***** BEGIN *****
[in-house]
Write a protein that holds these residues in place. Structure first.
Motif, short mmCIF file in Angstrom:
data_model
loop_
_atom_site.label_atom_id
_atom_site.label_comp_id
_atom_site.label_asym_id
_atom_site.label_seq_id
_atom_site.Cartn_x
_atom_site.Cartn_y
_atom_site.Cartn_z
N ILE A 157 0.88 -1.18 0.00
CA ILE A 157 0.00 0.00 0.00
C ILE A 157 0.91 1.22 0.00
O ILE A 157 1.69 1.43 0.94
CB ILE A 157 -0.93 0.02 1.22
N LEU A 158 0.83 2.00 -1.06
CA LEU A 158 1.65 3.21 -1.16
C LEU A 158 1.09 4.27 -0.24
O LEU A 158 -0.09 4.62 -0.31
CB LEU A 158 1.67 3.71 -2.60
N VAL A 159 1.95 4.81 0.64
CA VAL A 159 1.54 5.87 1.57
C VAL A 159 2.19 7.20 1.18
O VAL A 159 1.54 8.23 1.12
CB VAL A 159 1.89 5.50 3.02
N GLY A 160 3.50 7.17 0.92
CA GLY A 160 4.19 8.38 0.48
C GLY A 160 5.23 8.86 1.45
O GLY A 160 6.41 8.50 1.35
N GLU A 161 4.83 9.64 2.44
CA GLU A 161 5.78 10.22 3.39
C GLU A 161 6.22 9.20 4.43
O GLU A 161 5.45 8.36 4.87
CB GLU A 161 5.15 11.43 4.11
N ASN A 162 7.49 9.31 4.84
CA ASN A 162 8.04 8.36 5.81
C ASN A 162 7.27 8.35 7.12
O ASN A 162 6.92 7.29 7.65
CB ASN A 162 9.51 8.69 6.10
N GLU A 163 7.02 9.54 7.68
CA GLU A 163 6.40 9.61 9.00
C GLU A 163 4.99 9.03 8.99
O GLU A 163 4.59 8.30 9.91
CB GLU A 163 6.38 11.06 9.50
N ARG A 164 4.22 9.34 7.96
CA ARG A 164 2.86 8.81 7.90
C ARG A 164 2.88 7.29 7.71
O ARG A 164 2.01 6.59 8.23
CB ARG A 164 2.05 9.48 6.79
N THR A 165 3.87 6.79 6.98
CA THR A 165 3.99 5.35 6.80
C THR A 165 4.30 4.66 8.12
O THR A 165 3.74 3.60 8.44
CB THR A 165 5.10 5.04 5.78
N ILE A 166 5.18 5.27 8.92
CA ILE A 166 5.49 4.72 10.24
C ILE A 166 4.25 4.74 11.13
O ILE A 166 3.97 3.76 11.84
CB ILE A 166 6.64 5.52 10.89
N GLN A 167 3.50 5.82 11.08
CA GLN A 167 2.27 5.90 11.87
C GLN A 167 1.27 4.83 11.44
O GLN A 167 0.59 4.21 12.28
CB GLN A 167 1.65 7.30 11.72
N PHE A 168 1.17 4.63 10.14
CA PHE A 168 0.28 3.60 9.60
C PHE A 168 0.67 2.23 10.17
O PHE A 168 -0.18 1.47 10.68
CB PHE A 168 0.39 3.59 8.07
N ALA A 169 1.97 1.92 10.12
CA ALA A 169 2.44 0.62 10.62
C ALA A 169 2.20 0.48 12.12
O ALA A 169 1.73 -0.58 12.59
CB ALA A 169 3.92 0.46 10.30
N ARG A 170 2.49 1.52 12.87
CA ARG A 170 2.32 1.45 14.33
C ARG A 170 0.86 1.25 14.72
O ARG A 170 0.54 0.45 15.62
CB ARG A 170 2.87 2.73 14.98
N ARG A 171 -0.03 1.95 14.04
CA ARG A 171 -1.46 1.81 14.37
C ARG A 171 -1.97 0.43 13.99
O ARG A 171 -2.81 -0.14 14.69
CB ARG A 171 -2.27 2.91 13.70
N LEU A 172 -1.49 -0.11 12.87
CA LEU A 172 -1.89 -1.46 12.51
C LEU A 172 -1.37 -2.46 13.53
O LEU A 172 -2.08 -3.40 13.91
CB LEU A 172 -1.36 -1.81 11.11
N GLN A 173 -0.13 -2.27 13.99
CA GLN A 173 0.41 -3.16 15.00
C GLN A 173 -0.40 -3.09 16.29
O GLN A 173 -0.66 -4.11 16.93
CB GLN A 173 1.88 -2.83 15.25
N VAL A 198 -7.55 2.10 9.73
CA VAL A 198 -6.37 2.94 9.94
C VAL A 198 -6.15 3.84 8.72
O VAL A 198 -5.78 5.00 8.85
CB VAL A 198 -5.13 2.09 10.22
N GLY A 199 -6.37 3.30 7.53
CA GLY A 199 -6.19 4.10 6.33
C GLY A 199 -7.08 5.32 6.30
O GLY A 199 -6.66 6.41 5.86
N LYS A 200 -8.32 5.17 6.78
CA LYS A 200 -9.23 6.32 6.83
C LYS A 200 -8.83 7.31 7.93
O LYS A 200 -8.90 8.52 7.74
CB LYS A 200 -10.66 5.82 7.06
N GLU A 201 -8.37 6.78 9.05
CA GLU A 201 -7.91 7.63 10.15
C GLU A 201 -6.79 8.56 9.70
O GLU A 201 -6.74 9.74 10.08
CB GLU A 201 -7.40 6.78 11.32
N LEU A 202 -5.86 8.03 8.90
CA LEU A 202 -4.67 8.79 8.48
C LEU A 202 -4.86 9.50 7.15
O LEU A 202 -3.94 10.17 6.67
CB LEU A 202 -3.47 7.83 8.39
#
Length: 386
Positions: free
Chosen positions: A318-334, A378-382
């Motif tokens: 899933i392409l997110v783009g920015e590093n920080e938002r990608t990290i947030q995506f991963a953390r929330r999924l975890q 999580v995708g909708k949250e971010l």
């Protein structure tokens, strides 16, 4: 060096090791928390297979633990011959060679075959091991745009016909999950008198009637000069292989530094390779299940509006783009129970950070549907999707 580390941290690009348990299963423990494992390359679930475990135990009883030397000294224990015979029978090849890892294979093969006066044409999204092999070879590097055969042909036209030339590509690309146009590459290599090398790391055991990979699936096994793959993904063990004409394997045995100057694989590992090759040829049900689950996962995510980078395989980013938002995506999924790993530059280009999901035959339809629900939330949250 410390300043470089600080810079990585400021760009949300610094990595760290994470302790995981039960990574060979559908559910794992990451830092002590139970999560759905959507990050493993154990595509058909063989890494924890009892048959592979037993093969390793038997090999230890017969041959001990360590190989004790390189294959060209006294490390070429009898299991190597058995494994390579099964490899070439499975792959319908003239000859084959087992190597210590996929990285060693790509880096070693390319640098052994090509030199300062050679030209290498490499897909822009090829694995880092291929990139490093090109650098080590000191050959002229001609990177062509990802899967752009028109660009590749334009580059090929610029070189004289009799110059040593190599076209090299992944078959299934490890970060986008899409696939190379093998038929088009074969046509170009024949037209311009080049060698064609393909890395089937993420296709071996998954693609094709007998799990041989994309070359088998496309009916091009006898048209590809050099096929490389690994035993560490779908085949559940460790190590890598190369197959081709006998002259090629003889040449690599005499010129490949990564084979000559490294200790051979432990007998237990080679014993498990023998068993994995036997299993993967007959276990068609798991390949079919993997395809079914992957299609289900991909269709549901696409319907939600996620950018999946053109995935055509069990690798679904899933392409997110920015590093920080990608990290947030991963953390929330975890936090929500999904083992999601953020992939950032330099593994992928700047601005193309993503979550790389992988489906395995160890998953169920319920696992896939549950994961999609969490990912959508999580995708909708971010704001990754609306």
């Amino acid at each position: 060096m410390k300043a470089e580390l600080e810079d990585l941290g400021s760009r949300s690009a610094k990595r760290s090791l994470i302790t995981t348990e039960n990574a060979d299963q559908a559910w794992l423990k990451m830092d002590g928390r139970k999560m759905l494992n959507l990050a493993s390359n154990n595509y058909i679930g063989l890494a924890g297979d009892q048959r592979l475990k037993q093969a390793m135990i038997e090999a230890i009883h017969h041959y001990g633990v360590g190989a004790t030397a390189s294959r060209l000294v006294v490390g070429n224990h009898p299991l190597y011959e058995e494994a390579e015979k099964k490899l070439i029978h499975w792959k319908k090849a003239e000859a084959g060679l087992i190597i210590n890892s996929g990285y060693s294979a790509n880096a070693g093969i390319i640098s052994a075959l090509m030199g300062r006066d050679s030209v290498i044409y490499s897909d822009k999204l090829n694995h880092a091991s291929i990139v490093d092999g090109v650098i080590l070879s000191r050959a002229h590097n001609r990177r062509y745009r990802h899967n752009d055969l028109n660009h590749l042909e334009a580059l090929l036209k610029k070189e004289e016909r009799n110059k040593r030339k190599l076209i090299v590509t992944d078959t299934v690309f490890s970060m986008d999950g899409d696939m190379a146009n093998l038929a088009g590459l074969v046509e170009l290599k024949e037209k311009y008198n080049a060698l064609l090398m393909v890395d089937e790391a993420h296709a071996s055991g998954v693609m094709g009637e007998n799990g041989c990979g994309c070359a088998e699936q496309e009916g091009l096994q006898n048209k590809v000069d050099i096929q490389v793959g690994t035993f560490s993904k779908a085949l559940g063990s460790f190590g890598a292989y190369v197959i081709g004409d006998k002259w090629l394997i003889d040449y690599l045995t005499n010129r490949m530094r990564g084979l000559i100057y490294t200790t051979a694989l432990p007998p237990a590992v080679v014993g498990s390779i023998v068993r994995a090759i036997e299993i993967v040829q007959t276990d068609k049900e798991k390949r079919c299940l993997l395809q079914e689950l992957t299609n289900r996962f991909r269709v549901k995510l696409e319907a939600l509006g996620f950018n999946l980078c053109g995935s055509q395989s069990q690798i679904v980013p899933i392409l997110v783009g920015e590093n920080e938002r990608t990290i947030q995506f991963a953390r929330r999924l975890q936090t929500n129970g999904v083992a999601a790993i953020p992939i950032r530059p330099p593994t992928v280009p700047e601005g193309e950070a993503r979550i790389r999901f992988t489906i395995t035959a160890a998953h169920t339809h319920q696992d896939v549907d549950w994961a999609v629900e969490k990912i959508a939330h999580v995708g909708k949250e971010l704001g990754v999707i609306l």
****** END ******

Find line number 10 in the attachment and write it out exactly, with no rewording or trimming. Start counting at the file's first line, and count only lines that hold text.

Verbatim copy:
_atom_site.Cartn_x